The land grant colleges transformed engineering education in America and boosted the United States into a position of leader in technical education. Before the Civil War, American colleges trained students in classical studies and the liberal arts. Education was for the affluent and entrance requirements often required proficiency in the dead languages of Latin and Greek, excluding all the working classes. American engineers were mostly educated at the United States Military Academy, on fortress construction, and their instructors were the authors of most engineering texts of the day. The Morrill Act changed all of that. Though the Congressional debates about the Act were largely focused on benefits to agriculture, the mechanic arts were specifically included in the Act's language, meaning applied sciences and engineering. The Act prohibited spending the endowment on constructing buildings as expensive and unnecessary, so instead the tools for engineering education increased, such as textbooks, laboratories and equipment. The number of engineers skyrocketed. Whereas in 1866 there were around 300 American men who had graduated with engineering degrees and only six reputable colleges granting them, just four years later there were 21 colleges offering engineering degrees and the total number of engineers graduated had tripled to 866. The following decade added another 2,249 engineers, and by 1911 the United States was graduating 3,000 engineers a year, with a total of 38,000 in the work force. At the time, Germany was graduating 1,800 engineers per year. The US had become the leader in technical education just 50 years after passage of the Morrill Act.[12]

With a few exceptions (including Cornell University and the Massachusetts Institute of Technology), nearly all of the land-grant colleges are public. (Cornell University, while private, administers several state-supported contract colleges that fulfill its public land-grant mission to the state of New York.)

To maintain their status as land-grant colleges, a number of programs are required to be maintained by the college. These include programs in agriculture and engineering, as well as a Reserve Officers' Training Corps program.

Expansion[edit]

A second Morrill Act in 1890 was also aimed at the former Confederate states. This act required each state to show that race was not an admissions criterion, or else to designate a separate land-grant institution for persons of color.[13] Among the seventy colleges and universities which eventually evolved from the Morrill Acts are several of today's historically Black colleges and universities. Though the 1890 Act granted cash instead of land, it granted colleges under that act the same legal standing as the 1862 Act colleges; hence the term "land-grant college" properly applies to both groups.

Later on, other colleges such as the University of the District of Columbia and the "1994 land-grant colleges" for Native Americans were also awarded cash by Congress in lieu of land to achieve "land-grant" status.

In imitation of the land-grant colleges' focus on agricultural and mechanical research, Congress later established programs of sea grant colleges (aquatic research, in 1966), urban grant colleges (urban research, in 1985), space grant colleges (space research, in 1988), and sun grant colleges (sustainable energy research, in 2003).

Agricultural experiment stations and cooperative extension service[edit]

Starting in 1887, Congress also funded agricultural experiment stations and various categories of agricultural and veterinary research "under direction of" the land-grant universities.[14] Congress later recognized the need to disseminate the knowledge gained at the land-grant colleges to farmers and homemakers. The Smith–Lever Act of 1914 started federal funding of cooperative extension, with the land-grant universities' agents being sent to virtually every county of every state. In some states, the annual federal appropriations to the land-grant college under these laws exceed the current income from the original land grants. In the fiscal year 2006 USDA budget, $1.033 billion went to research and cooperative extension activities nationwide.[15] For this purpose, then President George W. Bush proposed a $1.035 billion appropriation for fiscal year 2008.[16]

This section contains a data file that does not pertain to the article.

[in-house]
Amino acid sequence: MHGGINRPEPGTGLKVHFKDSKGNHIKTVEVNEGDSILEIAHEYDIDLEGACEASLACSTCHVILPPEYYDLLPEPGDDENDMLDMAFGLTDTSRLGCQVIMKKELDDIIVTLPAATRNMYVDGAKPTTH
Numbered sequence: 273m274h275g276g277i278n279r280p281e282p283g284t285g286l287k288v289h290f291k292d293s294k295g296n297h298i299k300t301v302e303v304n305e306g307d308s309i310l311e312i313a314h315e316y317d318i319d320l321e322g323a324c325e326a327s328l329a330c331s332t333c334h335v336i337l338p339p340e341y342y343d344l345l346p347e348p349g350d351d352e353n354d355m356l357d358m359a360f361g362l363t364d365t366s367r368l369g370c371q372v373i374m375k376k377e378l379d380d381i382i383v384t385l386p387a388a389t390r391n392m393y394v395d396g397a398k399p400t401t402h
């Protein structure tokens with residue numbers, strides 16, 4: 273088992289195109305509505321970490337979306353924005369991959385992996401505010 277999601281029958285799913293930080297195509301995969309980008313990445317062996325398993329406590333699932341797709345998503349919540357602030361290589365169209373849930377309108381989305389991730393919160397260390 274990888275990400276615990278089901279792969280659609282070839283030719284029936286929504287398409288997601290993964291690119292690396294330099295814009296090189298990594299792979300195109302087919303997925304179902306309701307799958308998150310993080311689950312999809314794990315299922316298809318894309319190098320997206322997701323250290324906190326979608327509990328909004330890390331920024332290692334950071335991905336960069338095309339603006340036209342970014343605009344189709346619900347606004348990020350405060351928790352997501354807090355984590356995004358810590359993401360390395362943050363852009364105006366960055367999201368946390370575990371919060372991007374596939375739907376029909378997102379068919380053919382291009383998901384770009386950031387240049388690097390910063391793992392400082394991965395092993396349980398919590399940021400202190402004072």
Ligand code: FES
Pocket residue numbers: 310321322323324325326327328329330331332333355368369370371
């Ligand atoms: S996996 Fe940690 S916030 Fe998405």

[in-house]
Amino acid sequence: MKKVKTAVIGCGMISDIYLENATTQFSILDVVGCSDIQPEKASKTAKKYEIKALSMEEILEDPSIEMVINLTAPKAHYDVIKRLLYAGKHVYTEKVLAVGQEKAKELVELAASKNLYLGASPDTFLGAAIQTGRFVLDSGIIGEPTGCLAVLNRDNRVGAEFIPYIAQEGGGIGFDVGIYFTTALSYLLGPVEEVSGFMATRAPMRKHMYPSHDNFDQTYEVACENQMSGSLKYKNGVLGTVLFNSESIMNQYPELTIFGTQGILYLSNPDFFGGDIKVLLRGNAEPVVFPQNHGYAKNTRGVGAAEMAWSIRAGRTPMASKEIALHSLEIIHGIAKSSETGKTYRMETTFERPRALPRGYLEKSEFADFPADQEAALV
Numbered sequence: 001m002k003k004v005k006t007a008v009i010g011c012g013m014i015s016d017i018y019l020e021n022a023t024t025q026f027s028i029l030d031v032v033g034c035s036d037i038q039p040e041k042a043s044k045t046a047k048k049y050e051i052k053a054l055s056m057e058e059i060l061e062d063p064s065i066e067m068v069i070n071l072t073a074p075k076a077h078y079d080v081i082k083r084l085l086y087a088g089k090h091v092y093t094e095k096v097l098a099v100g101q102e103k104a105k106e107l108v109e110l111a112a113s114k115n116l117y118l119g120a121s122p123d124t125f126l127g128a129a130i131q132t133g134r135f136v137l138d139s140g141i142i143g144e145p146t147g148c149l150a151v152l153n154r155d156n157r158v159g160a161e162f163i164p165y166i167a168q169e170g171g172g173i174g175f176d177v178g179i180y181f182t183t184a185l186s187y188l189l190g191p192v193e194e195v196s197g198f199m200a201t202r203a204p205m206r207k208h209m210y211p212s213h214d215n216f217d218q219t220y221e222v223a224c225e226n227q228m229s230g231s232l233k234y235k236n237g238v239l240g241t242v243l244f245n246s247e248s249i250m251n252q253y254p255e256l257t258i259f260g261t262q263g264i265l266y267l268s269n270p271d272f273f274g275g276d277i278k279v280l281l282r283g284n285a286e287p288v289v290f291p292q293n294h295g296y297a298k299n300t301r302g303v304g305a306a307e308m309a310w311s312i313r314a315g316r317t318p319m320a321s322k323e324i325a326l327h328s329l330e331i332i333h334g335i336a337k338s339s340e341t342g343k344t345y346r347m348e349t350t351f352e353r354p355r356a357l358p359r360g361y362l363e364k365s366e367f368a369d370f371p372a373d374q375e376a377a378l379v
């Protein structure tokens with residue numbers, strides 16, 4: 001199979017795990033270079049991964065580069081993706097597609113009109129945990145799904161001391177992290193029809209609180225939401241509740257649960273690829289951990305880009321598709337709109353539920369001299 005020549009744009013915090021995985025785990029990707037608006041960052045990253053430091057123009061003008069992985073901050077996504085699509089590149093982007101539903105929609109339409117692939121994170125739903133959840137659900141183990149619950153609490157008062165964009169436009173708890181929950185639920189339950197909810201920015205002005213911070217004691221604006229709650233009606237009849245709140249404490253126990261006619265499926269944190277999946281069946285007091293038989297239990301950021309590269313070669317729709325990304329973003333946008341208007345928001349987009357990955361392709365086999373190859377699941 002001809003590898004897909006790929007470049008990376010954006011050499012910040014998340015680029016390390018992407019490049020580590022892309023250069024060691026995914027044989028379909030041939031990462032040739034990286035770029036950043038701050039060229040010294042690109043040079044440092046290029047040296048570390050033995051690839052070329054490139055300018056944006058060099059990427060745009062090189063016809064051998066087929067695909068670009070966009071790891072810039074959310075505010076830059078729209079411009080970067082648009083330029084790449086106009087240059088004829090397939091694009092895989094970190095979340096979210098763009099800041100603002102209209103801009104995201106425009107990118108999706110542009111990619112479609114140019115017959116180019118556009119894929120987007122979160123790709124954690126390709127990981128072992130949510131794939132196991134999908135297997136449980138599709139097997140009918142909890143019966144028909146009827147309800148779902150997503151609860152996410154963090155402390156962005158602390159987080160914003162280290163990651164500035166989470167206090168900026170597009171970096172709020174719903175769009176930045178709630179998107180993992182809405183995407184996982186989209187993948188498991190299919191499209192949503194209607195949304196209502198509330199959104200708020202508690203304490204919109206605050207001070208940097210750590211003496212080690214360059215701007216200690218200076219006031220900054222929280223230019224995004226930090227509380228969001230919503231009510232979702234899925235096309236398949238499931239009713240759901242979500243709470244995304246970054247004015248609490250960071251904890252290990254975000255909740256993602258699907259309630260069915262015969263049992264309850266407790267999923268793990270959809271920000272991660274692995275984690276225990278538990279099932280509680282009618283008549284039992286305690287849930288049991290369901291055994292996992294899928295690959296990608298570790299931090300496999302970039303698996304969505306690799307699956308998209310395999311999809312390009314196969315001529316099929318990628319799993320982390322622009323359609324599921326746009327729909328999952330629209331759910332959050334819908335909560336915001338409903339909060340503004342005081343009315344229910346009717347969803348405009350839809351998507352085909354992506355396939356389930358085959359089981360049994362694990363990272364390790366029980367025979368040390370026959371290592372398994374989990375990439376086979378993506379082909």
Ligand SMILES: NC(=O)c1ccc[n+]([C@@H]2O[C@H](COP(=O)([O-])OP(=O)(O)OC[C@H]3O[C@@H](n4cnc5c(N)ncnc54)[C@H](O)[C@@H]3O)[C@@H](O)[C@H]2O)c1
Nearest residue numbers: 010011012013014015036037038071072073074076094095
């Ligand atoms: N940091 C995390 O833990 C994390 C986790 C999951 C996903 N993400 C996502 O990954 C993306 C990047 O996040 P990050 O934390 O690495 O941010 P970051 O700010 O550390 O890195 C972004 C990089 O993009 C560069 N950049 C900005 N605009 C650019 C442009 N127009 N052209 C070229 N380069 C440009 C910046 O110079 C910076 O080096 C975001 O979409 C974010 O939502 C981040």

See also[edit]

Further reading[edit]

Sorber, Nathan. 2018. Land-Grant Colleges and Popular Revolt: The Origins of the Morrill Act and the Reform of Higher Education. Cornell University Press.

References[edit]

  1. ^ "Michigan Constitution of 1850". Wikisource. Article 13, Section 11. Retrieved March 5, 2008.
  2. ^ "Milestones of MSU's Sesquicentennial Archived 2007-08-06 at the Wayback Machine". MSU University Archives and Historical Collection. Retrieved March 5, 2008.
  3. ^ Letter from Lyman Trumbull to J.B. Turner, 1857-10-19.
  4. ^ Carl L. Becker, Cornell University Founders and The Founding (Cornell University Press 1943), pp. 28–30.
  5. ^ The Morrill Act used the phrase "military tactic".
  6. ^ 7 U.S.C. § 304
  7. ^ Lee, Robert; Ahtone, Tristan; Pearce, Margaret; Goodluck, Kalen; McGhee, Geoff; Leff, Cody; Lanpher, Katherine; Salinas, Taryn (March 30, 2020). "Land-Grab Universities". High Country News. Retrieved April 21, 2020.
  8. ^ 7 U.S.C. § 302
  9. ^ a b c Whalen, Michael L. (May 2001). "A Land-Grant University" (PDF). Cornell University. Archived (PDF) from the original on February 28, 2008. Retrieved August 25, 2020.
  10. ^ "History of Iowa State: Time Line, 1858–1874". Iowa State University. 2006. Archived from the original on 13 May 2009. Retrieved 9 July 2009.
  11. ^ "The National Schools of Science", The Nation: 409, November 21, 1867
  12. ^ Williams, Daniel E. (Spring 2009), "Morrill Act's Contribution to Engineering's Foundation" (PDF), Tau Beta Pi the Bent
  13. ^ 7 U.S.C. § 323
  14. ^ 7 U.S.C. § 361a
  15. ^ USDA Budget Summary 2006 - Research, Education, and Economics Archived December 1, 2007, at the Wayback Machine
  16. ^ "CSREES FY2008 President's Budget Proposal" (PDF). Retrieved 2013-02-12.

External links[edit]